The Met Office forecasts seemed a little over pessimistic and irritatingly generalised. Most of the time I used XC Weather and Windfinder and found both excellent. Websites provided mainly for surfers, forecasting swell heights were a great help. After a big blow it takes a while for the swell to drop as I quickly discovered in the the North Sea.
Weather forecasts change hourly. Waking up, a look at the latest weather forecast on your smart phone, will become the first action of the day. Without internet access you are reliant on Radio 4 and whatever is pinned up on the the harbour or marina notice board.
I had no fridge on Dark Star. I installed a simple Mobicool £50 cool box which worked on both 12 volt and mains power. The instructions warned that it was not to be used 24/7 so I was careful to switch it off from time to time. However, it performed faultlessly the whole way around Britain and it's still going strong! The cool box proved very useful for milk, butter, salads and meats.
I stocked up with rice, pasta etc so that I could prepare an evening meal on board. The first few stops along the south coast with good marina facilities, made eating out quick and easy. Moving north, I had to "dress up" to visit a town, search for a restaurant, then eat alone. That soon lost it's appeal, especially at end of a tiring day.
Preparing a meal on board is commendable but washing up afterwards is a complete "pain" when the only source of hot water is the kettle. Time was too short for elaborate meal preparation and clearing up.
Freedom came in the form of frozen or chilled "ready meals for one" available from every little supermarket around the coast. I usually put a four day supply of chilled and frozen in the cool box. Two chilled meals were eaten first and two frozen meals later. The meals come in oven ready trays. Pierce the lid twice then heat for 40 minutes in the oven whilst enjoying a beer or two. To eliminate washing up, the meal could be eaten straight from the tray.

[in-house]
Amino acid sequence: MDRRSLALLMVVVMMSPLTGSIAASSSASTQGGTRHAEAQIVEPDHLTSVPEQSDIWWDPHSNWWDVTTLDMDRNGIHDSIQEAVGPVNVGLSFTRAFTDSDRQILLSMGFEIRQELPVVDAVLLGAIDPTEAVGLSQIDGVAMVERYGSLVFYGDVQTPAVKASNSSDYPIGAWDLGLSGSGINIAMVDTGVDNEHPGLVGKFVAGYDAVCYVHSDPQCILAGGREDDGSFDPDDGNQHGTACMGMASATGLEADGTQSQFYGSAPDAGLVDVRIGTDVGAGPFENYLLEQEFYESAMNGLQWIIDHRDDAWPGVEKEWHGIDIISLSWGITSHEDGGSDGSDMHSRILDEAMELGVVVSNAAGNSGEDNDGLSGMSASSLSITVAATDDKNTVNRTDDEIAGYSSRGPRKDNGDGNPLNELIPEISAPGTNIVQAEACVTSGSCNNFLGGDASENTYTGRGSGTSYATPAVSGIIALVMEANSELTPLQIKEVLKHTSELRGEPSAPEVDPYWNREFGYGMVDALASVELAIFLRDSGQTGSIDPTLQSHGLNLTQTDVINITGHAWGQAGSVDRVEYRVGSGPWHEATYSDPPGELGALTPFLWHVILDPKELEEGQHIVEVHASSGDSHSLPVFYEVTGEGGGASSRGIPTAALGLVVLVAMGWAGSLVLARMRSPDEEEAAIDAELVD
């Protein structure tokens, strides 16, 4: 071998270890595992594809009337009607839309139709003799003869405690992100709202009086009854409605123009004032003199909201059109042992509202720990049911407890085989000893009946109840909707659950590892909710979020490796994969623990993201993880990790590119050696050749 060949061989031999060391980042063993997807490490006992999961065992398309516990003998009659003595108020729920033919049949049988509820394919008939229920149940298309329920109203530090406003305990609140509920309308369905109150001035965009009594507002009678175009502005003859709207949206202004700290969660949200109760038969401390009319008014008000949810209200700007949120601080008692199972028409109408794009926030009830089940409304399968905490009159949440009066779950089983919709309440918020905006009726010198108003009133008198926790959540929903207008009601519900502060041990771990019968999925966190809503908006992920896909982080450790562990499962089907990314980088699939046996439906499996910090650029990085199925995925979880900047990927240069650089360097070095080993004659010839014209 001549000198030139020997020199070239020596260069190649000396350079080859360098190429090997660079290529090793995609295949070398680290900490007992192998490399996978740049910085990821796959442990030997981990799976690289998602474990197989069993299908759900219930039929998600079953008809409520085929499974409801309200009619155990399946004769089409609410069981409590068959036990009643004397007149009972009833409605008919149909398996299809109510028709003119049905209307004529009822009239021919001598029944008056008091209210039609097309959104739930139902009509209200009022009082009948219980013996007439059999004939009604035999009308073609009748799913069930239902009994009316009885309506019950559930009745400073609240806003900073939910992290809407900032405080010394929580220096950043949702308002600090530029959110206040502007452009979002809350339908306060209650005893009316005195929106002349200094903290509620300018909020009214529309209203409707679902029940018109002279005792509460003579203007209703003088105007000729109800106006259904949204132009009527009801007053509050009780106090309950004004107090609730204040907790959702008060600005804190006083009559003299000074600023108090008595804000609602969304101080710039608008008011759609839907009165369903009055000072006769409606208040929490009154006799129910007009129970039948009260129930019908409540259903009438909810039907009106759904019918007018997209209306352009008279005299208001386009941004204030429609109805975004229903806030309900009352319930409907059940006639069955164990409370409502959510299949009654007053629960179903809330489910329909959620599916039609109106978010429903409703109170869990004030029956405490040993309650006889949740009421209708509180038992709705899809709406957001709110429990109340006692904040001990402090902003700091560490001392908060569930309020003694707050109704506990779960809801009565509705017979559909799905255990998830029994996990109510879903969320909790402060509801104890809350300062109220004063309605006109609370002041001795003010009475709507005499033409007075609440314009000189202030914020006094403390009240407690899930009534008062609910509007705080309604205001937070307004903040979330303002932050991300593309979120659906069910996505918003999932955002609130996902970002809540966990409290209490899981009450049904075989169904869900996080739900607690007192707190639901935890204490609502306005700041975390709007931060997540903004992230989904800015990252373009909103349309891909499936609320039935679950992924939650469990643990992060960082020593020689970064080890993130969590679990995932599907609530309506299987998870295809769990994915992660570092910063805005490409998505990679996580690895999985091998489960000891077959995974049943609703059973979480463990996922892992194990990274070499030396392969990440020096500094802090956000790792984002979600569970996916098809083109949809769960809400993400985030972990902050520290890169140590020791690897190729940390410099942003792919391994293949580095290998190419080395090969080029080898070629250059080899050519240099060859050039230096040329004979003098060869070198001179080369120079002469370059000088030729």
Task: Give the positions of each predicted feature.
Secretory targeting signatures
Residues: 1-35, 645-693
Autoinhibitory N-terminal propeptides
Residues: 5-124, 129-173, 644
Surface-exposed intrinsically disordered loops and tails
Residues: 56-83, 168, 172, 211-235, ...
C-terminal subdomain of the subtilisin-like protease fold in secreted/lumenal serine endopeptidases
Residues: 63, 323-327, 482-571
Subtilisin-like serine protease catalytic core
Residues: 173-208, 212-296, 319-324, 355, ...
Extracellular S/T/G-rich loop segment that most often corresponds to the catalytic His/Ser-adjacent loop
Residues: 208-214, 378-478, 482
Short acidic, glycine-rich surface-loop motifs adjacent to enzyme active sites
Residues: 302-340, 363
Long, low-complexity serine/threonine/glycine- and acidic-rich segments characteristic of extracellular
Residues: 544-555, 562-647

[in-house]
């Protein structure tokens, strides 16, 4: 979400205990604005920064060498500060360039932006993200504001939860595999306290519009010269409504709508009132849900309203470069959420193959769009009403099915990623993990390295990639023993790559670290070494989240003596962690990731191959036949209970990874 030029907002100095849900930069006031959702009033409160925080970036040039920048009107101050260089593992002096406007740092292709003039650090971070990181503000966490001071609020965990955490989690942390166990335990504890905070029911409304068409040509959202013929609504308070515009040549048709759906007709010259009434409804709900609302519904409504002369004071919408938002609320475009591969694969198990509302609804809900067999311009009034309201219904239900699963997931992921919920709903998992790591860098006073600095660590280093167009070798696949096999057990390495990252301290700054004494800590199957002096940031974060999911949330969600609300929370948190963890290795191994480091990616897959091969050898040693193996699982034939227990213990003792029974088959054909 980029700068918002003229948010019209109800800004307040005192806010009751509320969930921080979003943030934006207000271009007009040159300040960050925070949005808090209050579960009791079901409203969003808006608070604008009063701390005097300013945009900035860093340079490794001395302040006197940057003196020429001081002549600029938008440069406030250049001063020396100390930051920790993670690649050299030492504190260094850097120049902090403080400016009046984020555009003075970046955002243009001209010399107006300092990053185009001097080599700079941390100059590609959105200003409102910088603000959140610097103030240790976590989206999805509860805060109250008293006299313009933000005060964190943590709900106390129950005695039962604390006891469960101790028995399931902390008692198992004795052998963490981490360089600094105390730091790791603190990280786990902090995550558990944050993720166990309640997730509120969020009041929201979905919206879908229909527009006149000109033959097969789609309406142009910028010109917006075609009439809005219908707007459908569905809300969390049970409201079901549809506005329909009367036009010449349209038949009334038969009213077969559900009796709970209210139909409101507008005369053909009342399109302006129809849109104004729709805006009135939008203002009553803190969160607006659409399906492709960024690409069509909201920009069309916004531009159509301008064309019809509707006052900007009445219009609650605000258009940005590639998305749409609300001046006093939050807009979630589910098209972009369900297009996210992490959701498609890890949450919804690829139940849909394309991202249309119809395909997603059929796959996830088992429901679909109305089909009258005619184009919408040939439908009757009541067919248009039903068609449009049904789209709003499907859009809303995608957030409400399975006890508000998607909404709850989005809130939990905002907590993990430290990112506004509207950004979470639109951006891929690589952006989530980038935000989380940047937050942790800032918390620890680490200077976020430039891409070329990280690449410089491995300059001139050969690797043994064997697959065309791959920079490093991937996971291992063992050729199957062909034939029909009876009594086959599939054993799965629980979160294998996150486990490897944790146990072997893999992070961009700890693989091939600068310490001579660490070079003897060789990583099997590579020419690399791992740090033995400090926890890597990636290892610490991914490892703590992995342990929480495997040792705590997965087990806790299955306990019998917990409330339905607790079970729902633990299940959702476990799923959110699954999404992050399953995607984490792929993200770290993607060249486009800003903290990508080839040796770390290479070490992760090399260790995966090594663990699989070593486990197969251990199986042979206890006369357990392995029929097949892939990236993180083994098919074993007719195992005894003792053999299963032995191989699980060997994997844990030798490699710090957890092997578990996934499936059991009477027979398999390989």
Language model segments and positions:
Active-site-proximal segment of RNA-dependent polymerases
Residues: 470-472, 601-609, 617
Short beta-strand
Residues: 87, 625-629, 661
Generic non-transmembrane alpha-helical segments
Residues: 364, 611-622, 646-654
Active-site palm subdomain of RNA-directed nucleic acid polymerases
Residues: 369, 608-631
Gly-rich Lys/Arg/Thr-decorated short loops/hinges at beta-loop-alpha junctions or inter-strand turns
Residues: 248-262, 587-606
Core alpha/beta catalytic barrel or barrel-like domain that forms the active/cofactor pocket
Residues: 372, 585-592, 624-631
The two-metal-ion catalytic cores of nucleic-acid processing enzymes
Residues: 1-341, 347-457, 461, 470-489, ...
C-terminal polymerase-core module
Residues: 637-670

I regret not taking a micro wave which uses mains shore power, produces a meal quicker and saves much expensive bottled gas.
When stuck in port, a fresh chicken would be oven roasted in it's own bag. The meat provided meals for three days with spare to give away. Rice salads became a favourite and any left overs made next day's lunch.
Best "minimum mess" breakfast was boiled egg and toast. The hot water from the boiled egg being used to help wash up.
On a 8 - 14 hour trip, I would split the time in two hour slots with a reward of something to eat and drink. Snacks were prepared before casting off and included sandwiches/rolls, fruit, dates, nuts energy bars and crisps.
The most convenient and easily kept fruits on board were bananas, oranges, apples and grapes. UHT milk, kept in the cool of the bilge, lasted for weeks, but once opened it only lasted a few days. I never bothered with fresh milk. Small tins of evaporated milk were tasty with fresh fruit or tins of "fresh fruit cocktail".
Apart from the odd bottle of wine, I must confess to laying in a good stock of beer from our local brewery in Partridge Green in West Sussex, none other than The Dark Star Brewery!
Thanks for reading this. Kevin Gilroy